StyleCop is a configurable analysis library that ensures code produced conforms to it's coding standard. While the benefits of a consistent coding standard is clear, each team has there own strong opinions how it should be enforced.
In my previous projects I've used the StyleCop.MsBuild package and have been eager to try out the code analyzer version of the tool. In this post, I will start off with a quick run down of my attempt at integrating it into a solution.
Visual Studio Professional 2015 or higher. Its not really necessary, but makes for an easier setup and nicer integration with the Roslyn base analyzer.
If integrating with an SCM or Automated build - Visual Studio Team Services (VSTS) using git. The steps are not limited to VSTS, but its just my personal preference.
Installation itself is pretty simple - just install the StyleCop.Analyzers nuget package by running the following command in the package manager console witihin Visual Studio:
That's it. That all we need to do to get started.
Warning Vs. Error
By default StyleCop treats suggestions as warnings, but I prefer to go strict mode and treat all style cop validations as errors. This means that build actually fails if the code does not adhere to the style validations. My justification is that its always cheaper to fix these issues early in the development cycle as well as minimizing "broken windows syndrome".
When using the older StyleCop.MSBuild package, I could just set the StyleCopTreatErrorsAsWarnings environmental variable in the development machine or the team build and it will ensure that the the scope is limited to the StyleCop errors only. Unfortunately, with the Analyzers project it does not seem to be that simple. There exists an TreatWarningsAsErrors environmental variable, but this is global and treats any warnings as errors - not what I want.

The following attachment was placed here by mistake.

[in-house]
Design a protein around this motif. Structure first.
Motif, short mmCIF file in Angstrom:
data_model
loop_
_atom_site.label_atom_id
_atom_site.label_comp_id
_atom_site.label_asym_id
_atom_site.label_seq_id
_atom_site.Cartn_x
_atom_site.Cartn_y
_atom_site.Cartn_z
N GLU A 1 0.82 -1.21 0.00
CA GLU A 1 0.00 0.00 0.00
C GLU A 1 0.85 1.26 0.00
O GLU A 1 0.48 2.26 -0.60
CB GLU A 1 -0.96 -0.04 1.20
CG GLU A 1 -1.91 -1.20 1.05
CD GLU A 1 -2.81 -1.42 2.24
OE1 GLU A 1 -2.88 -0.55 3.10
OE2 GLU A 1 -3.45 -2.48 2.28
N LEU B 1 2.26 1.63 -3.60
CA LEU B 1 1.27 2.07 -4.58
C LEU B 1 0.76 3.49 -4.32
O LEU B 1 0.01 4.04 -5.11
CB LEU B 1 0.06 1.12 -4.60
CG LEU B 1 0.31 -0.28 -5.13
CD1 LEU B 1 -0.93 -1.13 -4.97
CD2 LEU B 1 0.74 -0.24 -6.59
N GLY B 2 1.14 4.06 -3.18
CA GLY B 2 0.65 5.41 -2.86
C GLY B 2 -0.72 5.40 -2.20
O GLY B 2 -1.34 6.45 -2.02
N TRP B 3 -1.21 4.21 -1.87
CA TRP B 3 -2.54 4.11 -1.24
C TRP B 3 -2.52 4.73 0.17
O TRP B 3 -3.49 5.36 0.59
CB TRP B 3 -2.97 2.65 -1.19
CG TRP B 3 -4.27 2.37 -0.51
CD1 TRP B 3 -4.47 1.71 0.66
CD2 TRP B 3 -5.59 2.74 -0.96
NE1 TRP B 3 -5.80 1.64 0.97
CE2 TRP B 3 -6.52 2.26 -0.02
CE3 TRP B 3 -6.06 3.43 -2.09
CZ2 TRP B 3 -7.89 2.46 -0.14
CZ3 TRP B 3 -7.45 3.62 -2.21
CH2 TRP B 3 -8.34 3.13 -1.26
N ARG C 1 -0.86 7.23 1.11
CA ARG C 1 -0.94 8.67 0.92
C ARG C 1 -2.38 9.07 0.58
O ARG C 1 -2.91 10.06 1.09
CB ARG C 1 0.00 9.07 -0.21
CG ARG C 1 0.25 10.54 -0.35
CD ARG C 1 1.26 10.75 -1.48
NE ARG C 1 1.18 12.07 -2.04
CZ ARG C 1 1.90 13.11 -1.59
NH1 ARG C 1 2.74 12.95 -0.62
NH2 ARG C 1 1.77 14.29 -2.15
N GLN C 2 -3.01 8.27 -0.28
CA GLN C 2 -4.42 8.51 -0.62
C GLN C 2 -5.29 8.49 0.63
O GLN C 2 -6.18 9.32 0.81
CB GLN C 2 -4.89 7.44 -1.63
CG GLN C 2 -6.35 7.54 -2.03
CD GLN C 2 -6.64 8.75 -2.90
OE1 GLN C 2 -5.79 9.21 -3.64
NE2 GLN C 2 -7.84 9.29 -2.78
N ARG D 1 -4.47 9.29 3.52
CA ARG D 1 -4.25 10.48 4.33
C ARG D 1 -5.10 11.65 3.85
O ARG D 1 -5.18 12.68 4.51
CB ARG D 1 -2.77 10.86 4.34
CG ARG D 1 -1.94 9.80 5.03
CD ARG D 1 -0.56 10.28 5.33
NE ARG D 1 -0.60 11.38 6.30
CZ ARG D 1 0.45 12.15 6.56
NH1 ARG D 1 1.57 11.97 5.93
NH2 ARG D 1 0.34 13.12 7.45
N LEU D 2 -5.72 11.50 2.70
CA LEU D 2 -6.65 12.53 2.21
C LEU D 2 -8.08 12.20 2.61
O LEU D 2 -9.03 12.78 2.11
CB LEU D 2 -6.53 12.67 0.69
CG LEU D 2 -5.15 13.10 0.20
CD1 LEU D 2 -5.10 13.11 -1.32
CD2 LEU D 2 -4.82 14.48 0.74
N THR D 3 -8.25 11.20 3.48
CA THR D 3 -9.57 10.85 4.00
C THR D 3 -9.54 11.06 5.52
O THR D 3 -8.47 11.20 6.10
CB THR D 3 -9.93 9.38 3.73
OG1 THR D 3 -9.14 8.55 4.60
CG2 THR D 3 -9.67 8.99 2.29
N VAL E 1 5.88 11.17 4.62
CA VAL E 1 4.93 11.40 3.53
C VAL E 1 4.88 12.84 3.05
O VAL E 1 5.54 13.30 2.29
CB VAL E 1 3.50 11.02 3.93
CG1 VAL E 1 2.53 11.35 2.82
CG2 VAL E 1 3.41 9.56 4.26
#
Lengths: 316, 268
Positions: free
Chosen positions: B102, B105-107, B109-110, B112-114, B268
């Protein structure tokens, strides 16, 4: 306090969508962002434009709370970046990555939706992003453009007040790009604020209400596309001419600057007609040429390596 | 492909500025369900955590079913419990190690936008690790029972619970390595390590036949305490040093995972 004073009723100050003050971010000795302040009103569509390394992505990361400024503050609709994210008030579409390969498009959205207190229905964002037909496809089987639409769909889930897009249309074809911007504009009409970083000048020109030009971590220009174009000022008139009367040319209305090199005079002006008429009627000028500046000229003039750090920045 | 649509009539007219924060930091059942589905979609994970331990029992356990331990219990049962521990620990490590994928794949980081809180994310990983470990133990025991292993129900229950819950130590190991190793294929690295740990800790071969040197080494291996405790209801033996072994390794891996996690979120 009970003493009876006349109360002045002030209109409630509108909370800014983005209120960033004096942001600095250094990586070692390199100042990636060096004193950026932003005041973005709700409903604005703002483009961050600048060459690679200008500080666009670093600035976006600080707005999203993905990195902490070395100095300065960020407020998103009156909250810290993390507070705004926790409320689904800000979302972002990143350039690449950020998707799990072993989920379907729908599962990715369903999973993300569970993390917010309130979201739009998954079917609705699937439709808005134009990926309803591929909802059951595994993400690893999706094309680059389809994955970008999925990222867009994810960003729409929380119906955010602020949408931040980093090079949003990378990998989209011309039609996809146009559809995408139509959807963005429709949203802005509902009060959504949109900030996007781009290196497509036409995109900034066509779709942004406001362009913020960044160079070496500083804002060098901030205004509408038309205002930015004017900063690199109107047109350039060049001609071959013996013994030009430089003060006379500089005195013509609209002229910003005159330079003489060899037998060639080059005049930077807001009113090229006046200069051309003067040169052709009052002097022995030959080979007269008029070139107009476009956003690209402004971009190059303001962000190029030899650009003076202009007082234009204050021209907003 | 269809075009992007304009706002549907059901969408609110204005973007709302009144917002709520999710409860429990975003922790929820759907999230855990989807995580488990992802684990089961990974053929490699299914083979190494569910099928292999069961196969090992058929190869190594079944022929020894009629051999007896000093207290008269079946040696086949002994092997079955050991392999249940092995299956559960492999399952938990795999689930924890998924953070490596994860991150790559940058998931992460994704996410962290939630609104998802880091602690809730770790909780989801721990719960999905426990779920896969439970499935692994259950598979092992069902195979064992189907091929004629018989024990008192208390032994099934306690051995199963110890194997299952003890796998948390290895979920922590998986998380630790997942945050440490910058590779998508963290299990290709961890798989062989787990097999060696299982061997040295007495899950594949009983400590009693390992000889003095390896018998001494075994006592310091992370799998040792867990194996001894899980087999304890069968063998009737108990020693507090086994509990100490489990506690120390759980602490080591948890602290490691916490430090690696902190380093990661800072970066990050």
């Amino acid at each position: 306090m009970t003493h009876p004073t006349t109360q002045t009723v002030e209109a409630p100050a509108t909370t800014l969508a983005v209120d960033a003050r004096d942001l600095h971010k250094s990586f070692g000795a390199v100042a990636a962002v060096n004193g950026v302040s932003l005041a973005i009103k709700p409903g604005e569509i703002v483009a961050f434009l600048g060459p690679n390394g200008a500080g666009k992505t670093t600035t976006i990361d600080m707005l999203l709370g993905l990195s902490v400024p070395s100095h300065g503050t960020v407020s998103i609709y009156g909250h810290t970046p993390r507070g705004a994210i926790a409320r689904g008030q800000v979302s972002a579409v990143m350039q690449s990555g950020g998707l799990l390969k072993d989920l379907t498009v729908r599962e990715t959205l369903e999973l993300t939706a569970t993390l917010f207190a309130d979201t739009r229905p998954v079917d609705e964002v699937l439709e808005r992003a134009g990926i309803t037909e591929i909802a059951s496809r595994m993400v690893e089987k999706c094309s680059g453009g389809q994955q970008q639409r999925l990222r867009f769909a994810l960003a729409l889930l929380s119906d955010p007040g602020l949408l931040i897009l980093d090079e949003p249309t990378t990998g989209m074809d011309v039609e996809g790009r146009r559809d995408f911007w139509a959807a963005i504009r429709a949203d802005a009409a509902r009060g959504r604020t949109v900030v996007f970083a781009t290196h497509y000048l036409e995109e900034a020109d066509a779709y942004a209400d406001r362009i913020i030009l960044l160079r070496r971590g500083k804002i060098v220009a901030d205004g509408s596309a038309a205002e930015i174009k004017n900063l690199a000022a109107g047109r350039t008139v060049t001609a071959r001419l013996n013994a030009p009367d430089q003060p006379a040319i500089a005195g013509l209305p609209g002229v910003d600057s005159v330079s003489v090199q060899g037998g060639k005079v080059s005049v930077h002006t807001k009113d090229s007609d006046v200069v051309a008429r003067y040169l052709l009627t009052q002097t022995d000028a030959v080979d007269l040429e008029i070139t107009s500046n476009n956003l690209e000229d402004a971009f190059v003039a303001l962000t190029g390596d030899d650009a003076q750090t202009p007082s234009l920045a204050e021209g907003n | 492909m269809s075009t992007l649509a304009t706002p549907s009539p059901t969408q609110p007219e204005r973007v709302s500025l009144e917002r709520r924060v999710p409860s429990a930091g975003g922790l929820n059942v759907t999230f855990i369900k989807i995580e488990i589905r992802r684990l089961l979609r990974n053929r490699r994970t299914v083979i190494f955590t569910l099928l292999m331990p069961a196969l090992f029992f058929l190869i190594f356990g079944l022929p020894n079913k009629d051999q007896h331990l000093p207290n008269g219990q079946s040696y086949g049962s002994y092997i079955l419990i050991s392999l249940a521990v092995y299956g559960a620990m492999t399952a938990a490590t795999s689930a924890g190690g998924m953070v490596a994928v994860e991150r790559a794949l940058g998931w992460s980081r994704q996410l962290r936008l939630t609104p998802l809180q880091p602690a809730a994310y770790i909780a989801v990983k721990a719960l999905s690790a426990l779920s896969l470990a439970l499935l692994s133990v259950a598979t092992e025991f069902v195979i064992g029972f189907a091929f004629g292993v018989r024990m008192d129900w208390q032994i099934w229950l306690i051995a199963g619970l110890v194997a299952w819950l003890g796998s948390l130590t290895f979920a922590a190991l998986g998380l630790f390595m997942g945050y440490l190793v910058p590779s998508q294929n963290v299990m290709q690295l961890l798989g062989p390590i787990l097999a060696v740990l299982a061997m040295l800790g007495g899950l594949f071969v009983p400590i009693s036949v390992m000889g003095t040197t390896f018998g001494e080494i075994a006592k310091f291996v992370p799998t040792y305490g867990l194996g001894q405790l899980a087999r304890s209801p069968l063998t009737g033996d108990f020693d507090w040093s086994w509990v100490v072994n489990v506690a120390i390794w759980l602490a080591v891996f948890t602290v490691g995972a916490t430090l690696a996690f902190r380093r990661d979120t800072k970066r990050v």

So my plan is to create two rule sets and tie them down to two individual configurations. I will create one rule set used in the debug configuration and then a stricter one for the release configuration.
Now let's configure the rules:
Let's create a very simple console application called AnalyzersDemoand open it up in Visual Studio.
Install the StyleCop.Analyzers package into the project.
Next, navigate to the Analyze > Configure Code Analysis > For AnalyzersDemo] menu option.
In the resulting dialog, accept the default values by clicking the Open button. This will open a dialog that allows us to configure the behaviour of the rule sets.
Select all the warnings related to StyleCop.Analyzers and update the Action to Error. Notice that a new rule set file has been created.
Duplicate the rule set file and rename them BaseRuleset.ruleset to StrictRuleset.ruleset.
Move them them up as solution items. This is so that we can share the same rule sets against all the projects.
Edit the files and give the name and descriptions more meaningful values.
Remove all nodes except for the <RuleSet> root node from the BaseRuleset file so that it will revert the default action level.
Next, associate the two rule sets with the different configurations; the BaseRuleset and StrictRuleset to the debug and release configuration respectively.
This is the final project structure:
Now the strict validation is performed only when a release build is performed.
One may argue that the "draconian mode" of enforcing styles is not worth the potential disruption it causes. So let's try to compromise - If your source control strategy uses multiple branches (which you should always do, by the way), the strict mode can be enforced as a gated check-in. This means that the rules are enforced only when a pull-request is made into the master branch. Refer my previous post on setting up a gated branch policy.
More information on customization of the StyleCop rules can be found here.
And finally, here is a build manually executed with an explicit configuration: